We believe that love is compassion in action.  We believe that the opposite of love is fear and indifference.  We believe that, although the arising emotion appears to be anger, when we question ourselves about what is driving that emotion the response could be:

“I am sad, very sad, and frightened.  Sad over what this world is and frightened about where this world is going, what it holds for the children and grandchildren.”

When we take ourselves from the fist-shaking, cussing realm of anger into the deeply honest and soul-searching realm of concern for others and the world they are inheriting, we transcend the ego of self to the eternity of love and compassion.  When we turn it over to God and ask blessing on those who make us angry, we are putting the world into the hands of the only Power who can transform and enlighten.  As people in recovery state so perfectly:

“Let go and let God.”

No, we should never give up or not be concerned about the world’s hatred and bigotry.  We should always uphold the worthiness of all people and endorse their right to pursue life, liberty, and happiness.  But, when we do it prayerfully in obedience to a Higher Power we are connecting to the powerful stream of light which no darkness can conquer.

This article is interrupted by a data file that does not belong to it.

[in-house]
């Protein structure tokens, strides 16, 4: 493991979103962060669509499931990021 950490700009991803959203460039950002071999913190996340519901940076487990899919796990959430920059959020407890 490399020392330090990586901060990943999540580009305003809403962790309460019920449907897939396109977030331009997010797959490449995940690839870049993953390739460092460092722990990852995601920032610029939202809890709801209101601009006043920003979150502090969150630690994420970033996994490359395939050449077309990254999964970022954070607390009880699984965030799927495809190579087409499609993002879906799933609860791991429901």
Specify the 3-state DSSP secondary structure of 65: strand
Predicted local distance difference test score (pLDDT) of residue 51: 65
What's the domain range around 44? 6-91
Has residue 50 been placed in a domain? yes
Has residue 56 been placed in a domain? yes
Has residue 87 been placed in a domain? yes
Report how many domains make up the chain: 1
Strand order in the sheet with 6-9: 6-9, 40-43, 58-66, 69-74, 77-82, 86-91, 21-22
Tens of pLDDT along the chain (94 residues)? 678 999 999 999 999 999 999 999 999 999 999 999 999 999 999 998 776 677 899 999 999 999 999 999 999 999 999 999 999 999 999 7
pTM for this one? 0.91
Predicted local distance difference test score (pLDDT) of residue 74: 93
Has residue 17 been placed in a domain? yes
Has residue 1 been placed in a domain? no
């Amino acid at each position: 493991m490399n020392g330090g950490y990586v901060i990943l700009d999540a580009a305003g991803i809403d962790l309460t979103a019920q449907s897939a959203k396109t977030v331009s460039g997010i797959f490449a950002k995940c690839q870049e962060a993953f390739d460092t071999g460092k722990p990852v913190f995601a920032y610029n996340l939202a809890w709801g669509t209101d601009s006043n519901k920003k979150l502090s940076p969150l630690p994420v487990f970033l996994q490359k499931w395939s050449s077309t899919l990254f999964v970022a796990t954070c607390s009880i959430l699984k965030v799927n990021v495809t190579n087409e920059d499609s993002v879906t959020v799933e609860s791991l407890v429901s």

JOHN LENNON

“I’d give you everything I’ve got for a little peace of mind.”

Lennon/McCartney 1968

 

OK, so the Beatles were not the poster boys for sober living.  But, unlike many of their contemporaries, they did survive the drugging and drinking and left us with numerous memorable lyrics.  Lennon, the peacenik, the rebel, the political activist who found himself on the FBI’s “watch list” for subversive activity wrote “IMAGINE”, the lyrics of which could be a blueprint for world peace.

Ironically, Lennon’s  life ended prematurely in 1980 when an assassin gunned him down in front of his apartment building.  A man dedicated to compassion, love, and peace was taken from us by a gun-wielding madman.  Today, 50 years after the Beatles and 37 years after Lennon’s death, the music and the words continue to remind us that there is a better way to live this life which our HP has given us.

“I’d give you everything I’ve got for a little peace of mind”  resonates with the comfort and good will which has always been intended to be God’s gift to us.  For a man of immense wealth and talent to write those words offering everything he’s got for a little peace of mind should reveal to us that what is important in life is not riches nor fame.

Peace of mind is especially difficult to capture in today’s violent, unstable world.  We will not find it in church, religion, or philosophy.  It will not suddenly appear through the right ritual or prayer.  It is an inside job which only our connection with a higher power can accomplish.  When we realize and accept that nothing of this worldly existence is greater or more important than the God connection, then we will know the beginnings of “peace of mind”.